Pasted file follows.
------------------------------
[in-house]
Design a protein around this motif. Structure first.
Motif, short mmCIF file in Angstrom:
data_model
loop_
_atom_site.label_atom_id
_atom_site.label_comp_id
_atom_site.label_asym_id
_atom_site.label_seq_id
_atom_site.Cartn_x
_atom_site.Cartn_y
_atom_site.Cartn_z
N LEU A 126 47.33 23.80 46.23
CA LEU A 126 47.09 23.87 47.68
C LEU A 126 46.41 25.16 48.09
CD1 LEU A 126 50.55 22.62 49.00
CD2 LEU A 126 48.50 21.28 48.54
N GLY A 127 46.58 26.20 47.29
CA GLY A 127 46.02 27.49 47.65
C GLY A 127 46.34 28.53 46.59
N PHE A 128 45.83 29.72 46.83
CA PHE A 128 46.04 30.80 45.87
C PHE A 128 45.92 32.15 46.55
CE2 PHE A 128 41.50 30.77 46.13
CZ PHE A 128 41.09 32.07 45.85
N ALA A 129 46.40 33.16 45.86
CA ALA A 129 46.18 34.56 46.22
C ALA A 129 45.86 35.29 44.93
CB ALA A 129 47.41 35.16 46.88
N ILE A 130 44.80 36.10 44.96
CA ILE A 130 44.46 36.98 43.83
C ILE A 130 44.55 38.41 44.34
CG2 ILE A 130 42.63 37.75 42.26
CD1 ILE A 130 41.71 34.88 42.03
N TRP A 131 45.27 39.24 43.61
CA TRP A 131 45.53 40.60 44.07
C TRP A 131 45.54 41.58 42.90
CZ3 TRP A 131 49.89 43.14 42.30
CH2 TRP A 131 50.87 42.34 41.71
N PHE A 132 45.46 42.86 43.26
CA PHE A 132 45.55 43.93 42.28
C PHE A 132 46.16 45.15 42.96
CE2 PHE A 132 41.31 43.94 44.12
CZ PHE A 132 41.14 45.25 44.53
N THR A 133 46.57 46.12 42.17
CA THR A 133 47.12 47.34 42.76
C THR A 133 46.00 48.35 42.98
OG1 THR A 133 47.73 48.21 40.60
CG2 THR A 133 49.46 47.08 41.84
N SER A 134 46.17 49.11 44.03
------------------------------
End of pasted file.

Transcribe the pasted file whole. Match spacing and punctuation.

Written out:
[in-house]
Design a protein around this motif. Structure first.
Motif, short mmCIF file in Angstrom:
data_model
loop_
_atom_site.label_atom_id
_atom_site.label_comp_id
_atom_site.label_asym_id
_atom_site.label_seq_id
_atom_site.Cartn_x
_atom_site.Cartn_y
_atom_site.Cartn_z
N LEU A 126 47.33 23.80 46.23
CA LEU A 126 47.09 23.87 47.68
C LEU A 126 46.41 25.16 48.09
CD1 LEU A 126 50.55 22.62 49.00
CD2 LEU A 126 48.50 21.28 48.54
N GLY A 127 46.58 26.20 47.29
CA GLY A 127 46.02 27.49 47.65
C GLY A 127 46.34 28.53 46.59
N PHE A 128 45.83 29.72 46.83
CA PHE A 128 46.04 30.80 45.87
C PHE A 128 45.92 32.15 46.55
CE2 PHE A 128 41.50 30.77 46.13
CZ PHE A 128 41.09 32.07 45.85
N ALA A 129 46.40 33.16 45.86
CA ALA A 129 46.18 34.56 46.22
C ALA A 129 45.86 35.29 44.93
CB ALA A 129 47.41 35.16 46.88
N ILE A 130 44.80 36.10 44.96
CA ILE A 130 44.46 36.98 43.83
C ILE A 130 44.55 38.41 44.34
CG2 ILE A 130 42.63 37.75 42.26
CD1 ILE A 130 41.71 34.88 42.03
N TRP A 131 45.27 39.24 43.61
CA TRP A 131 45.53 40.60 44.07
C TRP A 131 45.54 41.58 42.90
CZ3 TRP A 131 49.89 43.14 42.30
CH2 TRP A 131 50.87 42.34 41.71
N PHE A 132 45.46 42.86 43.26
CA PHE A 132 45.55 43.93 42.28
C PHE A 132 46.16 45.15 42.96
CE2 PHE A 132 41.31 43.94 44.12
CZ PHE A 132 41.14 45.25 44.53
N THR A 133 46.57 46.12 42.17
CA THR A 133 47.12 47.34 42.76
C THR A 133 46.00 48.35 42.98
OG1 THR A 133 47.73 48.21 40.60
CG2 THR A 133 49.46 47.08 41.84
N SER A 134 46.17 49.11 44.03